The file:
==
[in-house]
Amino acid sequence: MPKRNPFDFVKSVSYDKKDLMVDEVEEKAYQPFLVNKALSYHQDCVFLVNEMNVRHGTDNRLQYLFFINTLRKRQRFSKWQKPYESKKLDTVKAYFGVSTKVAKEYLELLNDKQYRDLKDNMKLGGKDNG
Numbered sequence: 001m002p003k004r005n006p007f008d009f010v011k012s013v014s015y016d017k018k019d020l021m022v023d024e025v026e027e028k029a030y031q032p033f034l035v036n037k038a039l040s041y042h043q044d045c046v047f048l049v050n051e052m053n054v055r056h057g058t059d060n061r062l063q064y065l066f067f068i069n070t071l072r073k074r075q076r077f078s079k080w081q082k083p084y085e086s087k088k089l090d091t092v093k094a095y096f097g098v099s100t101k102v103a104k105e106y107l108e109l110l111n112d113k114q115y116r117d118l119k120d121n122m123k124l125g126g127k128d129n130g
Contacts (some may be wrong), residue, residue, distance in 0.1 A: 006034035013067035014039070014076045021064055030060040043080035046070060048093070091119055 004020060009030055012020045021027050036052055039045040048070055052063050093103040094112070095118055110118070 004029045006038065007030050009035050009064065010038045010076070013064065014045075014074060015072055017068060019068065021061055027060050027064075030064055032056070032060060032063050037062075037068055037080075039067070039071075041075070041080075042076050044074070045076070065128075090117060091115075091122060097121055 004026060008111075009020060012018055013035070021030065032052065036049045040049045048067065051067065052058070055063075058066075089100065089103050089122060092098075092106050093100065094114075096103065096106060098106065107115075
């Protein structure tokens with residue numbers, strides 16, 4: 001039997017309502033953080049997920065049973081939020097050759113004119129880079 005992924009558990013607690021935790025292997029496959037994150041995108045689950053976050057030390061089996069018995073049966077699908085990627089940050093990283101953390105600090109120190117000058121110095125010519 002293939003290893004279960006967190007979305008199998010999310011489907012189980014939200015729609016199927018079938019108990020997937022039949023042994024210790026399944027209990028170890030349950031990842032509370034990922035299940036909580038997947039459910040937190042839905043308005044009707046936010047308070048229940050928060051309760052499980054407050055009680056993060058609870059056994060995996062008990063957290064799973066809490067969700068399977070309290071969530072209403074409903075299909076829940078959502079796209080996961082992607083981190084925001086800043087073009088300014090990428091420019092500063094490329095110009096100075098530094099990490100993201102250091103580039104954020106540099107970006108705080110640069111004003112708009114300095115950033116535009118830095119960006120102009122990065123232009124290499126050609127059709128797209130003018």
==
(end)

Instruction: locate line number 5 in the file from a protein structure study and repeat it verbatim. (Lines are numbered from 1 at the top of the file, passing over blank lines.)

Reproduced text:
């Protein structure tokens with residue numbers, strides 16, 4: 001039997017309502033953080049997920065049973081939020097050759113004119129880079 005992924009558990013607690021935790025292997029496959037994150041995108045689950053976050057030390061089996069018995073049966077699908085990627089940050093990283101953390105600090109120190117000058121110095125010519 002293939003290893004279960006967190007979305008199998010999310011489907012189980014939200015729609016199927018079938019108990020997937022039949023042994024210790026399944027209990028170890030349950031990842032509370034990922035299940036909580038997947039459910040937190042839905043308005044009707046936010047308070048229940050928060051309760052499980054407050055009680056993060058609870059056994060995996062008990063957290064799973066809490067969700068399977070309290071969530072209403074409903075299909076829940078959502079796209080996961082992607083981190084925001086800043087073009088300014090990428091420019092500063094490329095110009096100075098530094099990490100993201102250091103580039104954020106540099107970006108705080110640069111004003112708009114300095115950033116535009118830095119960006120102009122990065123232009124290499126050609127059709128797209130003018």